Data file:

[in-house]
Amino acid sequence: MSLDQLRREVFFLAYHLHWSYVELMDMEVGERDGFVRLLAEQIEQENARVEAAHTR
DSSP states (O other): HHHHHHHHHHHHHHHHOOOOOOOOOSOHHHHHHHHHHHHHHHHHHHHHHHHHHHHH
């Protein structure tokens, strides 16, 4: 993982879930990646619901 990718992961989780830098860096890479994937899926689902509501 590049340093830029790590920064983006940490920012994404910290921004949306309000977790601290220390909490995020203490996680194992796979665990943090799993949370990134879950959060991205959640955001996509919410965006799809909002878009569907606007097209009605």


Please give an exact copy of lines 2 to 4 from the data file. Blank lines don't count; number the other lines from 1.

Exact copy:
Amino acid sequence: MSLDQLRREVFFLAYHLHWSYVELMDMEVGERDGFVRLLAEQIEQENARVEAAHTR
DSSP states (O other): HHHHHHHHHHHHHHHHOOOOOOOOOSOHHHHHHHHHHHHHHHHHHHHHHHHHHHHH
């Protein structure tokens, strides 16, 4: 993982879930990646619901 990718992961989780830098860096890479994937899926689902509501 590049340093830029790590920064983006940490920012994404910290921004949306309000977790601290220390909490995020203490996680194992796979665990943090799993949370990134879950959060991205959640955001996509919410965006799809909002878009569907606007097209009605």